Conservation of Biodiversity
This page covers about conservation of biodiversity.
Conservation of biological diversity is essential for the survival of the human race.
Objectives and advantages of biodiversity conservation
- Conservation of biological diversity leads to conservation of essential ecological diversity to preserve the continuity of food chains.
- The genetic diversity of plants and animals is preserved.
- It ensures the sustainable utilisation of life support systems on earth.
- It provides a vast knowledge of potential use to the scientific community.
- A reservoir of wild animals and plants is preserved, thus enabling them to be introduced, if need be, in the surrounding areas.
- Biological diversity provides immediate benefits to the society such as recreation and tourism.
- Biodiversity conservation serves as an insurance policy for the future.
Types of conservation
Ex situ conservation
Conserving biodiversity outside the areas where they naturally occur is known as ex situ conservation. Here, animals and plants are reared or cultivated in areas like zoological or botanical parks.
Reintroduction of an animal or plant into the habitat from where it has become extinct is another form of ex situ conservation. For example, the Gangetic gharial has been reintroduced in the rivers of Uttar Pradesh, Madhya Pradesh and Rajasthan where it had become extinct.
Seedbanks, botanical, horticultural and recreational gardens are important centres for ex situ conservation.
In situ conservation
Conserving the animals and plants in their natural habitats is known as in situ conservation. This includes the establishment of
- National parks and sanctuaries
- Biosphere reserves
- Nature reserves
- Reserved and protected forests
- Preservation plots
- Reserved forests
After the introduction of cotton, tobacco, sugarcane, sunflower, soyabean and so on, farmers became victims of monocultures in their greed for money. Therefore many of the indigenous varieties of crops were lost. Moreover, the hybrid varieties of fruits and vegetables (e.g. tomatoes), introduced for pulp are more susceptible to disease and pests. Though hybrid varieties are preferred, traditional wild varieties of the seeds should be conserved for future use in the event of an epidemic which would completely wipe out the hybrids.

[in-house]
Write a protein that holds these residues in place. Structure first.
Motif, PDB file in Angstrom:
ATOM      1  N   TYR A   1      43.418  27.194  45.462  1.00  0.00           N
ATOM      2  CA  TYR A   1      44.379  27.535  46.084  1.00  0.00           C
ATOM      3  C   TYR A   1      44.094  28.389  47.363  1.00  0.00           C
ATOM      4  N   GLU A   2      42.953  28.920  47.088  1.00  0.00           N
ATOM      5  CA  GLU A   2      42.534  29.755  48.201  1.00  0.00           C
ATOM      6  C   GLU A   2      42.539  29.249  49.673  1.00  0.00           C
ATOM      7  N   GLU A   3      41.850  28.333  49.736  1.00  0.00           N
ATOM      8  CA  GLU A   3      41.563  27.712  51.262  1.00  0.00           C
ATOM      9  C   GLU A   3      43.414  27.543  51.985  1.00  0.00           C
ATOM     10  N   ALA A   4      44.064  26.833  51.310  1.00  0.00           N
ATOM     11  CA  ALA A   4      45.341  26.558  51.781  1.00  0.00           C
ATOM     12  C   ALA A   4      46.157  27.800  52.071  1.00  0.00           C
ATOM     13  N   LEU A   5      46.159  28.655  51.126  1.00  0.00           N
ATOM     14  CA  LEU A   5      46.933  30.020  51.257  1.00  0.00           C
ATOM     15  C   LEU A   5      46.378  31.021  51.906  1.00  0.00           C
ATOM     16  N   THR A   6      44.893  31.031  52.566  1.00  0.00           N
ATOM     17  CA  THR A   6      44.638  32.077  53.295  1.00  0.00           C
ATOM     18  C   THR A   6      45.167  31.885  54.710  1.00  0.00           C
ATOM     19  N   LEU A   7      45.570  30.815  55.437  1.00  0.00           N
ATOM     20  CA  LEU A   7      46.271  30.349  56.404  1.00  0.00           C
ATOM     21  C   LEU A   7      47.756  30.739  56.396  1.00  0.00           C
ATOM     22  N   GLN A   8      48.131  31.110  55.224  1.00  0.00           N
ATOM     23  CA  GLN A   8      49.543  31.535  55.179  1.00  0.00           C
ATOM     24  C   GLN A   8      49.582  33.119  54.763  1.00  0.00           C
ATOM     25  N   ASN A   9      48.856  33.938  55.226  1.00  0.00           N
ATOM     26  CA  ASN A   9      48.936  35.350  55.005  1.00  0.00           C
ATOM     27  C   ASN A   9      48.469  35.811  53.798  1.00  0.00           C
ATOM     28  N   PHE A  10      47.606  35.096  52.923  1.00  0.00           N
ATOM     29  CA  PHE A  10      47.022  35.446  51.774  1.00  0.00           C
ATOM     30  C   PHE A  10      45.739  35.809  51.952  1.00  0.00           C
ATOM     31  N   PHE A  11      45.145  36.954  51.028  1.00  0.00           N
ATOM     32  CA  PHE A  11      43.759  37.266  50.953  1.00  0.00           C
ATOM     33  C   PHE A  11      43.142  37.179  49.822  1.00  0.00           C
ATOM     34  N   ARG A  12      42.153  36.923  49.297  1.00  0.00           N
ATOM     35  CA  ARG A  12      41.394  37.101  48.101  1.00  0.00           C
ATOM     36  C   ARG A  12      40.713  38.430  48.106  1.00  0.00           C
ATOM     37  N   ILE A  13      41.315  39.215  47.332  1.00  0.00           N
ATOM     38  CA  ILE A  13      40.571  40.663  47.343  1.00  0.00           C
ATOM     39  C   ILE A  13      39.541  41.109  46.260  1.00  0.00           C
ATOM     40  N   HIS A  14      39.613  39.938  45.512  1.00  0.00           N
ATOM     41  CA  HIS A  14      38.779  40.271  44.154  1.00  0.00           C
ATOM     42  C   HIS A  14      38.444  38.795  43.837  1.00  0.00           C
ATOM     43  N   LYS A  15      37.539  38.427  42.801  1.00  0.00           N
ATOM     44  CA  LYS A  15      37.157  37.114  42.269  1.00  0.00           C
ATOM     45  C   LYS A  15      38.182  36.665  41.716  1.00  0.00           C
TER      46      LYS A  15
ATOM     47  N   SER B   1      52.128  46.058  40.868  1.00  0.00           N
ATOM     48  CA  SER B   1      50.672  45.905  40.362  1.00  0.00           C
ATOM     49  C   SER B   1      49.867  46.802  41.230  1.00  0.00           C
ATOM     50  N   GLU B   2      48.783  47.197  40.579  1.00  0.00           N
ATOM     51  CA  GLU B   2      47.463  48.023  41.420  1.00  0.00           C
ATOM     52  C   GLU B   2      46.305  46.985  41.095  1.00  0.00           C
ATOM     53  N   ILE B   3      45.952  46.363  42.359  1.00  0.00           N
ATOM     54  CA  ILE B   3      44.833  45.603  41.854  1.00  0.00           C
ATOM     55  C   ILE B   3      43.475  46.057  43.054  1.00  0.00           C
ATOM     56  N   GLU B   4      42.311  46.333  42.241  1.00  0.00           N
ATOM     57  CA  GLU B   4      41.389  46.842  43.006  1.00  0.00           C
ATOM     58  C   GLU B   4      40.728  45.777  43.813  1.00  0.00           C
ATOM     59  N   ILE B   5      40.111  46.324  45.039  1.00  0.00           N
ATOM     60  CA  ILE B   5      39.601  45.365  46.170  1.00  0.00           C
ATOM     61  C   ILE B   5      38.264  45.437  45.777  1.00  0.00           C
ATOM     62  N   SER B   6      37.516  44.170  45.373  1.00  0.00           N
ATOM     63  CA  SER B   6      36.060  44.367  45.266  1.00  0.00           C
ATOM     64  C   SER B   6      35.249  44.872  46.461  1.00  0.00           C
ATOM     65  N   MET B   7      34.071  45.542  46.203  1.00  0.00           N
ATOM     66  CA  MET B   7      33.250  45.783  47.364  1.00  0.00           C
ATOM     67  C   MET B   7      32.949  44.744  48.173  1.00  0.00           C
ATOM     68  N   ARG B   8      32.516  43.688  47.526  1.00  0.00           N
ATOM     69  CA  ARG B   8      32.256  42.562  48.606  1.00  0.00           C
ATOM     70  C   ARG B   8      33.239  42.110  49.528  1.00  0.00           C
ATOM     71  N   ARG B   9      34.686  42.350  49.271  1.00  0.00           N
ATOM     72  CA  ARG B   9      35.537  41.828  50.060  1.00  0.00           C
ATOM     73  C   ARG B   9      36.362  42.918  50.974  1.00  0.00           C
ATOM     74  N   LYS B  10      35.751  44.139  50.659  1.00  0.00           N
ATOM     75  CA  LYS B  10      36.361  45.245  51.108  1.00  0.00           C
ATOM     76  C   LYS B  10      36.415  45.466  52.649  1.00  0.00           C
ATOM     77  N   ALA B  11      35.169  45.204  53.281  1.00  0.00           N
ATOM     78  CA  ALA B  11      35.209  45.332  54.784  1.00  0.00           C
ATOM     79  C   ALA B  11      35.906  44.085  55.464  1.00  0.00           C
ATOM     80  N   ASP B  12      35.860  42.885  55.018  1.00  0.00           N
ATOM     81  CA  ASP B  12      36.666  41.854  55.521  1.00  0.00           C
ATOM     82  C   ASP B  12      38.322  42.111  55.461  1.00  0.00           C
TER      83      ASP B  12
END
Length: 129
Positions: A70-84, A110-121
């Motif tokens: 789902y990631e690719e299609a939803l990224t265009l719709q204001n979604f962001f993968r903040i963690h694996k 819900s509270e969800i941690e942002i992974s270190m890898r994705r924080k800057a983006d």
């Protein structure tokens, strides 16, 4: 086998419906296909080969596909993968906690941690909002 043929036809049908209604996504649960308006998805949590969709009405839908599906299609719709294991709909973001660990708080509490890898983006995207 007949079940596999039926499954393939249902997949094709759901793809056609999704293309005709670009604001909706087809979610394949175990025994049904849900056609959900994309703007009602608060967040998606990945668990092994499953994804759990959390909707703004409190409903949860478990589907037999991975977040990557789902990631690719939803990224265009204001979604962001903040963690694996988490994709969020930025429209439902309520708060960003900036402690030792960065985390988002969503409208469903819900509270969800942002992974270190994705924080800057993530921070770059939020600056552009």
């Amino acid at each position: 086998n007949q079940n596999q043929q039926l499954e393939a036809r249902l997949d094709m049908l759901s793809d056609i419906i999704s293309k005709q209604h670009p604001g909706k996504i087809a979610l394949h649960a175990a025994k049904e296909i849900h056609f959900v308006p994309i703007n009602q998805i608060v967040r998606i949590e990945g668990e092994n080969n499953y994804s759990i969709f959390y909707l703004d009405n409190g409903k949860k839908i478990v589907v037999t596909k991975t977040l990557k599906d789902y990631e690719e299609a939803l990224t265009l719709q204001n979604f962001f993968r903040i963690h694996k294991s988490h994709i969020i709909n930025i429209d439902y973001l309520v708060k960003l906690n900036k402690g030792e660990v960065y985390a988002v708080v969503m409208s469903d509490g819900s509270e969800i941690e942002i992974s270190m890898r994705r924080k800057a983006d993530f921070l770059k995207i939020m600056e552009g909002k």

Botanical gardens, agricultural departments, seed banks etc., alone should not be given the responsibility of agrobiodiversity conservation. Every farmer, gardener an cultivator should be aware of his role in preserving and conserving agrobiodiversity.
Convention of Biological Diversity
The aim of the convention is to save species and plants from extinction and their habitats from destruction.
The developed countries are looking for a sustainable supply of biological resources from the developing countries and easy access to them as well. The developing countries lacking the technology to exploit their resources are inviting the developed countries to do so. This has resulted in the developed nations channeling out the benefits of these natural resources. The developing countries are now demanding a higher share of the accrued economic benefits. The developed nations are also concerned by the unsustainable exploitation of natural wealth, particularly rainforests.
Key points from the Convention on Biological Diversity
The aim of the Convention on Biological Diversity is 'the conservation of biological diversity, the sustainable use of its components and the fair and equitable sharing of the benefits arising out of the utilization of genetic resources. The convention stipulates that Parties must :
- develop national strategies for the conservation and sustainable use of biological resources;
- establish protected areas, restore degraded ecosystems, control alien species, and establish ex-situ conservation facilities;
- establish training and research programmes for the conservation and sustainable use of biodiversity and support such programmes in developing countries;
- promote public education and awareness of the conservation and sustainable use of biodiversity;
- recognize the right of governments to regulate access to their own genetic resources, and, wherever possible, grant other Parties access to genetic resources for environmentally sound uses;
- encourage technology and biotechnology transfer particularly to developing countries;
- establish an information exchange between the parties on all subjects relevant to biodiversity;
- promote technical and scientific cooperation between parties (particularly to developing countries) to enable them to implement the convention;